OMB to Government: Show Us the Evidence

The words “OMB” and “exciting” rarely go in the same sentence, much less “OMB” and “OMG!” Yet on May 18, Jeffrey Zients, Acting Director of the Office of Management and Budget (OMB), sent out a memo that could change history. In guidance to executive departments and agencies, the memo asks the entire Executive Branch to use every available means to promote the use of rigorous evidence in decision-making, program administration, and planning. Some of the specific strategies urged by OMB were as follows:

• Low-cost evaluations, using routinely collected data. For example, when grants are made to schools to use particular programs, districts could be asked to submit schools in pairs, knowing that one in each pair will be assigned at random to use the program and one to wait. Then routinely collected test scores could be used in the evaluations, to compare experimental and control groups. Such studies could be done for peanuts, greatly expanding the evidence base for all sorts of programs.

• Evaluations linked to waivers. Existing rules often inhibit experimentation with practices or policies that might be used in the future. Agencies can waive those rules specifically for the purpose of testing innovations.

• Expanding evaluation efforts within existing programs. Imagine, for example, encouraging systematic variations in uses of Title I funding to determine better ways to help Title I children succeed.

• Systemic measurement of costs and cost per outcome. If there are more cost-effective ways to achieve better outcomes, we should be finding them, and then allocating resources accordingly.

• Infusing evidence into grant-makingAgencies can increase the use of evidence-based practices in all sorts of grants. In competitive grants, applicants could be offered a few competitive preference points if they propose to implement programs with strong evidence of effectiveness. Investing in Innovation (i3), of course, provides different levels of grants depending on the existing evidence base for promising innovations.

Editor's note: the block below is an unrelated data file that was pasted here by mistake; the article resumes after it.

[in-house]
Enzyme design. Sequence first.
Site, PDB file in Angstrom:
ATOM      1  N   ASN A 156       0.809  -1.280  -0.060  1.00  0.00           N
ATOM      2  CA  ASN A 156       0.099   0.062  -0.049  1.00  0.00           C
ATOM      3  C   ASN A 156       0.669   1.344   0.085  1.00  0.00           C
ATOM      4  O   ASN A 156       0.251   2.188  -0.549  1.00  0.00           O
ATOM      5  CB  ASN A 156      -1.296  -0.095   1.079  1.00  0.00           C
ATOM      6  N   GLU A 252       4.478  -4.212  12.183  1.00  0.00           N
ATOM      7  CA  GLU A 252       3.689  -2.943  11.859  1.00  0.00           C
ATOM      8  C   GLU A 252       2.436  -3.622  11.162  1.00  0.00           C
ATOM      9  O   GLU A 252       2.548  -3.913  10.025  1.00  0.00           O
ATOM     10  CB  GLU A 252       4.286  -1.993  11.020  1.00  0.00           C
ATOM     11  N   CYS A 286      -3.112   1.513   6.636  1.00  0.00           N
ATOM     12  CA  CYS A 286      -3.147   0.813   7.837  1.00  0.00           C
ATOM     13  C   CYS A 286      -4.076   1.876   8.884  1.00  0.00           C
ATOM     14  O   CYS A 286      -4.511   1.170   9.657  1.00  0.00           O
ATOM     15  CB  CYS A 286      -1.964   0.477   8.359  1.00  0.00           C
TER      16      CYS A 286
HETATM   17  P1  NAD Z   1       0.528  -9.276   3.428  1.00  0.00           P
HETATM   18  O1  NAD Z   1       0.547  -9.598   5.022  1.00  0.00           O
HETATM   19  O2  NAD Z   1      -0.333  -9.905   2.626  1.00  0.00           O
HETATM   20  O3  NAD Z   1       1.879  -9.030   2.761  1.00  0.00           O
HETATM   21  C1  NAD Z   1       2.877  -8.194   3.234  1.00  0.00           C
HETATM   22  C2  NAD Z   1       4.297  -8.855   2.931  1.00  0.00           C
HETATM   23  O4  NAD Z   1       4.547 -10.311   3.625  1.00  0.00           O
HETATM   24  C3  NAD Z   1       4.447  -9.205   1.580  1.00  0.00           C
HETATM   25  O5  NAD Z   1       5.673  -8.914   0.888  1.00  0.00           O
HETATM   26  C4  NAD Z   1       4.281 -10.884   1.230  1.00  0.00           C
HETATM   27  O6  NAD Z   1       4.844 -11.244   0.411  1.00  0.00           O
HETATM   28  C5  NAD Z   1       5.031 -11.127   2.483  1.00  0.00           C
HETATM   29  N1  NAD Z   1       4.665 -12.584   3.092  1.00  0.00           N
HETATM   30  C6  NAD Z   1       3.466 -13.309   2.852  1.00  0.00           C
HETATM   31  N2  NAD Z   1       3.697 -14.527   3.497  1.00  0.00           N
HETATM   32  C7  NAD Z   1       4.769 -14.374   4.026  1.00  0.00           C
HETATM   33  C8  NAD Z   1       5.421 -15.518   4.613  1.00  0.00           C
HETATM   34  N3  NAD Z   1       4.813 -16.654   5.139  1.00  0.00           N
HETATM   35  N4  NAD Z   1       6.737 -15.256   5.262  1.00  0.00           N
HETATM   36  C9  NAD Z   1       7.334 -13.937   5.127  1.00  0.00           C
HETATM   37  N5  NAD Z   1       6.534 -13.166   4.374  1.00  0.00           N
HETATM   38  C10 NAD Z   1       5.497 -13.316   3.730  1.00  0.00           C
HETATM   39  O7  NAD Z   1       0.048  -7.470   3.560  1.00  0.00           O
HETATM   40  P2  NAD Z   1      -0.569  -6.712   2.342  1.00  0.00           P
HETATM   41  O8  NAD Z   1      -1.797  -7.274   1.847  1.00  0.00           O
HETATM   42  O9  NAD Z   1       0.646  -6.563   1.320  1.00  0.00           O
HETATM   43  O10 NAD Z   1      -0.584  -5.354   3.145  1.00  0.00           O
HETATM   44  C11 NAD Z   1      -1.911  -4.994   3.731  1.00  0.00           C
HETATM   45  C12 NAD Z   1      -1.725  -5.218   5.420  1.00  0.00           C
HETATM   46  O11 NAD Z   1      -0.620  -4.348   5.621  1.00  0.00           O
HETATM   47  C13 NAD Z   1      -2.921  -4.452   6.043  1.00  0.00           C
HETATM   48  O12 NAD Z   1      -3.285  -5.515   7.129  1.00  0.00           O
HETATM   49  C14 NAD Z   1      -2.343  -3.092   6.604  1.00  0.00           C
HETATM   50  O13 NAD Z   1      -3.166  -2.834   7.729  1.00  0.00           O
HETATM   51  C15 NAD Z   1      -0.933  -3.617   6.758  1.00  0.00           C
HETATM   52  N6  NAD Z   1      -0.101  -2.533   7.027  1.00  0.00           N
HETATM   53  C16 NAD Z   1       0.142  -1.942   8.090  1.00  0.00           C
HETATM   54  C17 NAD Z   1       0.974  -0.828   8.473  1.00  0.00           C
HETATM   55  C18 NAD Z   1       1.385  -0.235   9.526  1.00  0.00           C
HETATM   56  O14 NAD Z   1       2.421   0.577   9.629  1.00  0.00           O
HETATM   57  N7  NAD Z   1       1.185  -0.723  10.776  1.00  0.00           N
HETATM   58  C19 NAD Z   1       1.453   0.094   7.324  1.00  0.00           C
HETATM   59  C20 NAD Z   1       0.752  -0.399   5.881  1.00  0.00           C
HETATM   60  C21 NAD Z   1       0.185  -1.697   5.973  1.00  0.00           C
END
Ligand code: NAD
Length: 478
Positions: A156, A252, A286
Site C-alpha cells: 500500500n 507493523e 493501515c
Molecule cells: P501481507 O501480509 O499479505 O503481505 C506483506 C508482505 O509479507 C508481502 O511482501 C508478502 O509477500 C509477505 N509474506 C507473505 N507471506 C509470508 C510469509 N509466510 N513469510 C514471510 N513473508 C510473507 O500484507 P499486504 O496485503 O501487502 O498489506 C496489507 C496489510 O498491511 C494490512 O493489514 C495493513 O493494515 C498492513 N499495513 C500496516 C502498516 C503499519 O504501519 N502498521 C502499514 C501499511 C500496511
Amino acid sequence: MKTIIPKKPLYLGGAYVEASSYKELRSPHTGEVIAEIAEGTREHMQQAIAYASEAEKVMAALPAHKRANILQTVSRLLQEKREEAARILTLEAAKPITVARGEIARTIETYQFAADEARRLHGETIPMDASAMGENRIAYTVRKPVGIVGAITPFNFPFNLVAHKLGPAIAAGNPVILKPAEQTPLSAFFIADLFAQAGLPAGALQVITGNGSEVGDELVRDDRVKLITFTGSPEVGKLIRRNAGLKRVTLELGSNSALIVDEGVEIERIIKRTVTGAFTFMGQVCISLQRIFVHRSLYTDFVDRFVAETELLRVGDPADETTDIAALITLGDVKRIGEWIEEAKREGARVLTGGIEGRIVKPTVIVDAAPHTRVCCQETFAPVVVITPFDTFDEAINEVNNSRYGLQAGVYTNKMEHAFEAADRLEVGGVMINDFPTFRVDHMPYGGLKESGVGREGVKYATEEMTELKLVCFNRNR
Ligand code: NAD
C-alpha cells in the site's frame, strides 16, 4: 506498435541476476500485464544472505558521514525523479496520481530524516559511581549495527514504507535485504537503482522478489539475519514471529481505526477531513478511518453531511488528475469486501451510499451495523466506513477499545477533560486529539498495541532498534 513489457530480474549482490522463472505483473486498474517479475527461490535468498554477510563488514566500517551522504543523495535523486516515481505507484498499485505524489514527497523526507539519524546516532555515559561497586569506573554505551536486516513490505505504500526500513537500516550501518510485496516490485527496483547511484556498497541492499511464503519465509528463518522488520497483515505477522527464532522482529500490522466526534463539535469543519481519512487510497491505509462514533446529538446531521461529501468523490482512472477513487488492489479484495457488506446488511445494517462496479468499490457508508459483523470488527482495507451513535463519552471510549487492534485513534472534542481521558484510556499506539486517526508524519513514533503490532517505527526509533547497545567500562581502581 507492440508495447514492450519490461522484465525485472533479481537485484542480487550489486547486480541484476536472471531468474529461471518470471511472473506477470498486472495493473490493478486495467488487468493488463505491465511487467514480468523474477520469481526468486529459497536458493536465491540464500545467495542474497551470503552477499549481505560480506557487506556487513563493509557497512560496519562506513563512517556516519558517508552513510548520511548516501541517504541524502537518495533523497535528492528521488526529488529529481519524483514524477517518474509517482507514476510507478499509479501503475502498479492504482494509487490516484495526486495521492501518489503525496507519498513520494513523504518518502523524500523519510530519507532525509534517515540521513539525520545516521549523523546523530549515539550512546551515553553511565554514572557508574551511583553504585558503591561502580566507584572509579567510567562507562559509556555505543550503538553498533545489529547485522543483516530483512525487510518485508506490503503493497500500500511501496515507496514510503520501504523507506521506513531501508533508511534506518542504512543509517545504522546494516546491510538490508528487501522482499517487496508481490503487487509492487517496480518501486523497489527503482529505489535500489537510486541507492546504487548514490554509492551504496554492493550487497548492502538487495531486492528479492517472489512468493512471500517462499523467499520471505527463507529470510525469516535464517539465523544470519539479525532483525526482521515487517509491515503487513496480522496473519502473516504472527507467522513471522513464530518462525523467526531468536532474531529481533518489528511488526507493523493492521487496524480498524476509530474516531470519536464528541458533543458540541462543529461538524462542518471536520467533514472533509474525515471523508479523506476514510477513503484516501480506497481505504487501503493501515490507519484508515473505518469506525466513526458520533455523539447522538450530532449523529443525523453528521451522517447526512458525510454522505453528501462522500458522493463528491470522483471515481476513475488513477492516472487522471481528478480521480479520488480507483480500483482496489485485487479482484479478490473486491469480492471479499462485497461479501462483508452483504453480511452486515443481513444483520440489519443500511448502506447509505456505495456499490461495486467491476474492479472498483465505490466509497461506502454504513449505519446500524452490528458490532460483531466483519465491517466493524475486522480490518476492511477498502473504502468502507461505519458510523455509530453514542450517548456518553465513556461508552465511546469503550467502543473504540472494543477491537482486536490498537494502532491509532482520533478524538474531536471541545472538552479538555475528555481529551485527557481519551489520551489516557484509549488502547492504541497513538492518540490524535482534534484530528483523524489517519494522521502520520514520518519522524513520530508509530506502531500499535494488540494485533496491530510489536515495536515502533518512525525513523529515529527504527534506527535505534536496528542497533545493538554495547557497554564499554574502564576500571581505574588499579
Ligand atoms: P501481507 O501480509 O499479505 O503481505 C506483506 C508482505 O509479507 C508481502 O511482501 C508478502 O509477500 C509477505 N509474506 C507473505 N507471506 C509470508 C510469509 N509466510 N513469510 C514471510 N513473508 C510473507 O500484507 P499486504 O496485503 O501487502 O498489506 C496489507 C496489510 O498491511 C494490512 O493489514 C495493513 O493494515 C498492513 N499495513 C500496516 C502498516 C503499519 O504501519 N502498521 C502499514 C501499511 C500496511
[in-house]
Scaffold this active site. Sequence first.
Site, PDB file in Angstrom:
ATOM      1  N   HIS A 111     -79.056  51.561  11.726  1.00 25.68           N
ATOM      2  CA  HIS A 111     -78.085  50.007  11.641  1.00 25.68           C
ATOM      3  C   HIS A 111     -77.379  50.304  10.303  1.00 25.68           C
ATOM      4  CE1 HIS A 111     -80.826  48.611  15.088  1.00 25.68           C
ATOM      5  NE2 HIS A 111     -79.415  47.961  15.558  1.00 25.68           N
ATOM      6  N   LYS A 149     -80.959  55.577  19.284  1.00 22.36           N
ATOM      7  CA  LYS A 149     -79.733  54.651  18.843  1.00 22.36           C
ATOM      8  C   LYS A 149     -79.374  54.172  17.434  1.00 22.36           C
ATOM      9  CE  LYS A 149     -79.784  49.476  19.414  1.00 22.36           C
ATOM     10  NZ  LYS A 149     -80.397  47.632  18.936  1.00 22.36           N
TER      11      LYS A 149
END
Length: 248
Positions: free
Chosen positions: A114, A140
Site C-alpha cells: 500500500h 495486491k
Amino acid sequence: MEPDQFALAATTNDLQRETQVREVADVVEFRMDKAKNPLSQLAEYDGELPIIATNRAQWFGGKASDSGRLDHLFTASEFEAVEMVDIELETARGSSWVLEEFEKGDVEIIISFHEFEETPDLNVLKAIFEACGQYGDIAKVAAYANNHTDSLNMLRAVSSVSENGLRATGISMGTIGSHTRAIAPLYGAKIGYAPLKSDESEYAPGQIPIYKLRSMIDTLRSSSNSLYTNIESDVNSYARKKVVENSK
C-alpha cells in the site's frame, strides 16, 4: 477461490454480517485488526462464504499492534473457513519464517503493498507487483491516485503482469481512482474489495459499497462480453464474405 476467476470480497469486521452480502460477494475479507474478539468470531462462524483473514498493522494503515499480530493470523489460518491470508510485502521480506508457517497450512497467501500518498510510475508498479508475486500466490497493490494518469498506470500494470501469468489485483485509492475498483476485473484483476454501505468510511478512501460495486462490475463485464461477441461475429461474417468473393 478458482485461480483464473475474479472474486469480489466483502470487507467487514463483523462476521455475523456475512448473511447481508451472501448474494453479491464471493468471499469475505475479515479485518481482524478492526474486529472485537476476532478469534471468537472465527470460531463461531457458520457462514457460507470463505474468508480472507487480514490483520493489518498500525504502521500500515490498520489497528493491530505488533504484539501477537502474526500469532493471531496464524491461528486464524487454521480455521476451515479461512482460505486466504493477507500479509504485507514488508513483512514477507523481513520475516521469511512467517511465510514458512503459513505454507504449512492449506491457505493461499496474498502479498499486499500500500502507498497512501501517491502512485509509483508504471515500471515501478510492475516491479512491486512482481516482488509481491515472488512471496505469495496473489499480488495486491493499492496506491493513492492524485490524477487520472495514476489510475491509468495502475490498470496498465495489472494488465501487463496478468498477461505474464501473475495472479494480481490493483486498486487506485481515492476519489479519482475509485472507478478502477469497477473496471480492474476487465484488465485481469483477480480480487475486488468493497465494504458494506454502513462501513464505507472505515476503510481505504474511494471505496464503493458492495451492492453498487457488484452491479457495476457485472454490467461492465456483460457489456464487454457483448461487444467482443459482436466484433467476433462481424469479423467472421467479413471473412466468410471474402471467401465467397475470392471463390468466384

There is much more in this far-reaching memo, but these are the elements most relevant to education.

I have no idea how the memo will play out in practice, but at a minimum it provides clear and detailed guidance to all federal agencies: show us the evidence. More importantly, show the American people your evidence. It says that government is not about who gets what, it is about conscious and informed stewardship of public funds to produce valued outcomes.

For the latest on evidence-based education, follow me on twitter: @RobertSlavin

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Once Upon a Math Problem: Stories and Learning

Once upon a time, there was a red-headed fourth grader named Ned. Ned was bored in school, and he didn’t get good grades. His mom was mad at him, his teacher pleaded with him, and Ned wanted to please them, but he just couldn’t get interested enough in school to put in enough effort to really succeed.

I’ll come back to red-headed Ned in a moment, but stop for a moment and ask yourself: Aren’t you interested in Ned? Isn’t focusing on a particular student, even if he’s fictional, a lot more interesting than my usual blogs that begin with dilemma of policy and practice?

Kids (like adults) love stories. They live in a social world, where talking about each other, other friends and family, teachers, rock stars, and movie stars is a full-time activity. Every creator of TV or movie content knows this, of course, because effective storytelling is their stock in trade.